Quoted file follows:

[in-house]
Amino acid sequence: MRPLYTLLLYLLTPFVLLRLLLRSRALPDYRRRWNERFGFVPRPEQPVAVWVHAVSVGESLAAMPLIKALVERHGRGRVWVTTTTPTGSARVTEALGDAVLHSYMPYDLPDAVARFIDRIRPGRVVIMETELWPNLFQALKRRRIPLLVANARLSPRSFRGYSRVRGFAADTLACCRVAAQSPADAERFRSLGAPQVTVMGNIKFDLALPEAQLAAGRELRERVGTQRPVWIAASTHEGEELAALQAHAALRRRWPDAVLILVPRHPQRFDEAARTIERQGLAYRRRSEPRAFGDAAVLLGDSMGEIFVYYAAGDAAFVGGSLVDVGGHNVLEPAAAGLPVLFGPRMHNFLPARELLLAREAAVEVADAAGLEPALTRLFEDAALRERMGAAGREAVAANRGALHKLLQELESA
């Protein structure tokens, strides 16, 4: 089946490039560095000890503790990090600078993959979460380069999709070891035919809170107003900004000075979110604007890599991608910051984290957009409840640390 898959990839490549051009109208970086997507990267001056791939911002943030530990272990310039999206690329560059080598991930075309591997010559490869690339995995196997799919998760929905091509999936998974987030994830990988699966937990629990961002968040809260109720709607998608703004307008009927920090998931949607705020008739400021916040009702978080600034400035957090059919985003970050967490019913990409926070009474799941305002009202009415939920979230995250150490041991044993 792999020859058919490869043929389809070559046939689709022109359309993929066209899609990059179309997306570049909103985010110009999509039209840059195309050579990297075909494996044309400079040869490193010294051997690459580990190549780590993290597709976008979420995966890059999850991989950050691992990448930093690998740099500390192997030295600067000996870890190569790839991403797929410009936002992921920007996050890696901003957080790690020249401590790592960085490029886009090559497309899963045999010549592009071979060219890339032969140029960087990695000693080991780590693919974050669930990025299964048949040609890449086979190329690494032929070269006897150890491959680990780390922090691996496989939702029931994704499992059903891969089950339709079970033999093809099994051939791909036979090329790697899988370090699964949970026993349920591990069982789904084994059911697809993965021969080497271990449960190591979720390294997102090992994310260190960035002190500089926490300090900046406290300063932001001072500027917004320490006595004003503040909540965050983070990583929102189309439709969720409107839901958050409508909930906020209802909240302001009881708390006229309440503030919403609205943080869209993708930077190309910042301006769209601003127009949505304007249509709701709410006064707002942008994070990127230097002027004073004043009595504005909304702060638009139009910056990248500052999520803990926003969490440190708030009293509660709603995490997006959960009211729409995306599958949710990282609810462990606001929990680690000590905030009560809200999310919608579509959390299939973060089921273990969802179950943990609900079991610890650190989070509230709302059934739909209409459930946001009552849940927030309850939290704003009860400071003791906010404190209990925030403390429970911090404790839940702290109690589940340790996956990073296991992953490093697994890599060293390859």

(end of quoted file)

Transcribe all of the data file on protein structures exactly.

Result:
[in-house]
Amino acid sequence: MRPLYTLLLYLLTPFVLLRLLLRSRALPDYRRRWNERFGFVPRPEQPVAVWVHAVSVGESLAAMPLIKALVERHGRGRVWVTTTTPTGSARVTEALGDAVLHSYMPYDLPDAVARFIDRIRPGRVVIMETELWPNLFQALKRRRIPLLVANARLSPRSFRGYSRVRGFAADTLACCRVAAQSPADAERFRSLGAPQVTVMGNIKFDLALPEAQLAAGRELRERVGTQRPVWIAASTHEGEELAALQAHAALRRRWPDAVLILVPRHPQRFDEAARTIERQGLAYRRRSEPRAFGDAAVLLGDSMGEIFVYYAAGDAAFVGGSLVDVGGHNVLEPAAAGLPVLFGPRMHNFLPARELLLAREAAVEVADAAGLEPALTRLFEDAALRERMGAAGREAVAANRGALHKLLQELESA
């Protein structure tokens, strides 16, 4: 089946490039560095000890503790990090600078993959979460380069999709070891035919809170107003900004000075979110604007890599991608910051984290957009409840640390 898959990839490549051009109208970086997507990267001056791939911002943030530990272990310039999206690329560059080598991930075309591997010559490869690339995995196997799919998760929905091509999936998974987030994830990988699966937990629990961002968040809260109720709607998608703004307008009927920090998931949607705020008739400021916040009702978080600034400035957090059919985003970050967490019913990409926070009474799941305002009202009415939920979230995250150490041991044993 792999020859058919490869043929389809070559046939689709022109359309993929066209899609990059179309997306570049909103985010110009999509039209840059195309050579990297075909494996044309400079040869490193010294051997690459580990190549780590993290597709976008979420995966890059999850991989950050691992990448930093690998740099500390192997030295600067000996870890190569790839991403797929410009936002992921920007996050890696901003957080790690020249401590790592960085490029886009090559497309899963045999010549592009071979060219890339032969140029960087990695000693080991780590693919974050669930990025299964048949040609890449086979190329690494032929070269006897150890491959680990780390922090691996496989939702029931994704499992059903891969089950339709079970033999093809099994051939791909036979090329790697899988370090699964949970026993349920591990069982789904084994059911697809993965021969080497271990449960190591979720390294997102090992994310260190960035002190500089926490300090900046406290300063932001001072500027917004320490006595004003503040909540965050983070990583929102189309439709969720409107839901958050409508909930906020209802909240302001009881708390006229309440503030919403609205943080869209993708930077190309910042301006769209601003127009949505304007249509709701709410006064707002942008994070990127230097002027004073004043009595504005909304702060638009139009910056990248500052999520803990926003969490440190708030009293509660709603995490997006959960009211729409995306599958949710990282609810462990606001929990680690000590905030009560809200999310919608579509959390299939973060089921273990969802179950943990609900079991610890650190989070509230709302059934739909209409459930946001009552849940927030309850939290704003009860400071003791906010404190209990925030403390429970911090404790839940702290109690589940340790996956990073296991992953490093697994890599060293390859």